By Andrew Bennett
I’ve played or coached baseball at the high school, college, and professional levels, and the more time I spend around the game, the more convinced I become that there are few skills more important for a baseball player than the ability to determine when not to listen. Before elaborating, I want to clarify that I’m certainly not discouraging players from being coachable. Reflecting on my own playing career, I realize now (as I imagine many other coaches do) just how “uncoachable” I was. I was a bit of a contradiction in that sense, because my work ethic was tremendous. I was inspired by coaches and teachers who talked about dedication and sacrifice; those teachings I eagerly soaked up and applied daily. But when it came time to take advice from those same people about pretty much anything else, from what pitches to hit to which college to attend, not much was going to stop me from following my own plan.
So what exactly do I mean by “knowing when not to listen?” My goal is to approach this topic through a relatively broad lens. The skill I’m talking about has to do with much more than merely listening or not listening to a particular coach or mentor about how to throw harder or steal more bases. It’s about the weight we give others’ opinions, opinions that quite ironically may be entirely different than what we imagine. I’m not sure exactly what it is about baseball, but those who have spent enough time around the game know how exceptionally well it mirrors the challenges we face in life; excessive worry about what others think is certainly no exception.
The classic tale, of course, is of the struggling hitter who futilely attempts to please many different people, each of whom proposes a different slump-busting remedy, and only suffers greater frustration as a result. It’s a common predicament these days for a young player to be forced to navigate the complexities of the “triangle of advice,” appearing in many different forms but typically comprised of a parent, a private instructor, and a coach. We often advise a young player to “pick and choose the things that work for you” without considering the strain such an approach may place on his relationships with those whose suggestions he does not pick or choose.
Certainly parents bear some of the responsibility for not inundating players with instruction, and for making at least some attempt to ensure that a player faces a minimal amount of starkly contradictory coaching. But such efforts can only go so far. The best thing a parent can do is have a conversation, early on in a player’s career, about how to receive all coaching, even suggestions the player may ultimately choose not to implement. It’s about interacting with coaches respectfully, entertaining their ideas with an open mind, and then thinking critically about what will or will not work best: the Aristotelian approach to becoming a better baseball player. Sound like a lot for a youth player? All the more reason to start the discussion early! By the time the player gets to college, he’ll be a coach’s dream: coachable enough to make the proper adjustments but autonomous enough to self-correct during the 95% of his life when a coach is not around. And if he’s lucky enough to reach professional baseball, he won’t drive himself crazy (as I did at that level) trying to follow enough conflicting advice to make a player’s head spin. (The best way for a player to fortify himself against over-coaching, of course, is to hit .500 at every level and consequently be left alone. To my knowledge, no one has figured that one out yet. Perhaps that will be the inspiration for a future blog post.)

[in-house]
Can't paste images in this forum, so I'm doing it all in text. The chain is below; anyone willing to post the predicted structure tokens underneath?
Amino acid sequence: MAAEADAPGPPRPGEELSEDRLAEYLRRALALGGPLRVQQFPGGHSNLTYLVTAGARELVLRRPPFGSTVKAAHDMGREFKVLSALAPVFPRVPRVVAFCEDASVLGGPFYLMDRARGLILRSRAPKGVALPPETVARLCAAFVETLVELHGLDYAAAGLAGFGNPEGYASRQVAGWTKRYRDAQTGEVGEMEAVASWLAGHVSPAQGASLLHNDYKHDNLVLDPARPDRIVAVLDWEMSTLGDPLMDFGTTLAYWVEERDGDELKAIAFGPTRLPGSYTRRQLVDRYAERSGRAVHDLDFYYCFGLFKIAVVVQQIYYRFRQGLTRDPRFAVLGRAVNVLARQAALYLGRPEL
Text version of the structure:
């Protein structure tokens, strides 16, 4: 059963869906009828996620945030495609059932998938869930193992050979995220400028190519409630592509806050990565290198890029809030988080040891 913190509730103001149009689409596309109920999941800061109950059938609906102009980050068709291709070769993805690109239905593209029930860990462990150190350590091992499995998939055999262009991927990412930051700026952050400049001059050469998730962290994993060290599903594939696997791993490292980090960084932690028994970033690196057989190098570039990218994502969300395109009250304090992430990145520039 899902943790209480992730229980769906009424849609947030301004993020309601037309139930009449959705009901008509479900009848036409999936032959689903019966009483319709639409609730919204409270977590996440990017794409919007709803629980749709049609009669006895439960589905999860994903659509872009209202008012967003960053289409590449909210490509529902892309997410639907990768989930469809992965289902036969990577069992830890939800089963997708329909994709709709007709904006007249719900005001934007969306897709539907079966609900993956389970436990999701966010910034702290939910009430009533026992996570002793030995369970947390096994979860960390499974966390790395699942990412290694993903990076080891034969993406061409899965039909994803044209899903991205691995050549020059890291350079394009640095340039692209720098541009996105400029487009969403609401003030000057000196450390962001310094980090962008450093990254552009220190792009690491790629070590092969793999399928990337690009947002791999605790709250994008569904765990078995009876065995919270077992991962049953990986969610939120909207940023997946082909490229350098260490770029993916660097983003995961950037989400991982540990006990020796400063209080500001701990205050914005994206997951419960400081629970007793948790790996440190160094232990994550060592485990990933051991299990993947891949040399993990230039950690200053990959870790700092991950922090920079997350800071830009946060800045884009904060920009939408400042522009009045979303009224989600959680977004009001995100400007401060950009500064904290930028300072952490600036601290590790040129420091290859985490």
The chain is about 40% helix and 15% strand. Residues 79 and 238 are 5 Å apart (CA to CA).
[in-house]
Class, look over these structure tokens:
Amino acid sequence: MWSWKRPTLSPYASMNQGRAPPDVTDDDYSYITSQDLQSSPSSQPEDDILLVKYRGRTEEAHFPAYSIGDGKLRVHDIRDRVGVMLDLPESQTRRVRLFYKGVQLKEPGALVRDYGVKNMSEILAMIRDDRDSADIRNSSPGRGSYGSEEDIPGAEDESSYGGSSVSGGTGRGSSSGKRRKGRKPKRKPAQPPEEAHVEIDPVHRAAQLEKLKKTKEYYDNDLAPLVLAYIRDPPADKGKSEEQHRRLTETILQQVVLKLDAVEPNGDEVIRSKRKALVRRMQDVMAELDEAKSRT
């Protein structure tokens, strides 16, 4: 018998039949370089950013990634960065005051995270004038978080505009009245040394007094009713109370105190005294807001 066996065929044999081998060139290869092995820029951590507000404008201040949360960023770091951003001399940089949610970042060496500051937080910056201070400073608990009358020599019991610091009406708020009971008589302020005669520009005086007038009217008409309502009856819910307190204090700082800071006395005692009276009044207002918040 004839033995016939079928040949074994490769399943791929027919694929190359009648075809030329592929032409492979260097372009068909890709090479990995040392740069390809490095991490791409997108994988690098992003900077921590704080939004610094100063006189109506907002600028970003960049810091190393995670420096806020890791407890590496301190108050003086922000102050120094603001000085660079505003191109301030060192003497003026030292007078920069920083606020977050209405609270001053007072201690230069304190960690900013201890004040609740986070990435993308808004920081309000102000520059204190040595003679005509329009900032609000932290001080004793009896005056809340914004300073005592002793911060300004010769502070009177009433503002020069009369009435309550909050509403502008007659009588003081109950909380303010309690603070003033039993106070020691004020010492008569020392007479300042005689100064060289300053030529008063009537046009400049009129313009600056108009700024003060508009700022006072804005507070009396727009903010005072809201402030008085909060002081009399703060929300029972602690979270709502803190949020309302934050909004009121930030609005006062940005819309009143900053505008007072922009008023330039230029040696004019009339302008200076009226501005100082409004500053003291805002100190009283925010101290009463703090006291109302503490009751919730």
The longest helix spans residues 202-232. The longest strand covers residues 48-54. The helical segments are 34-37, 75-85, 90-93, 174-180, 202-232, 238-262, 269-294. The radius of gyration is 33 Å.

When I originally decided to write about this topic, it was with the intent to examine how high school players make their final college decisions and how often those decisions are based on the wrong factors and influences, primarily others’ opinions of what looks or sounds impressive. Does a parent’s opinion about college matter? Certainly. Does an influential mentor’s? Of course. But when a college decision becomes about what’s perceived as impressive rather than what feels right or what actually provides value to the student-athlete, the likelihood of fulfilling the goal of a great four-year experience plummets. Cliché though such advice may be, a painfully large number of high school baseball players still fall into the “looks and labels” trap. And as I alluded to earlier, most of us drastically overestimate how impressive (or unimpressive) an accomplishment appears to others. Want your player to do something impressive? Forget rankings and appearances for a moment and let him pick the school that will give him the best opportunity to combine success, challenge, and opportunity, both on and off the field, at a level of financial commitment that makes sense. Whether in the batter’s box or in the final stages of selecting a school, exciting and rewarding possibilities abound in this game if your player knows when, and when not, to listen.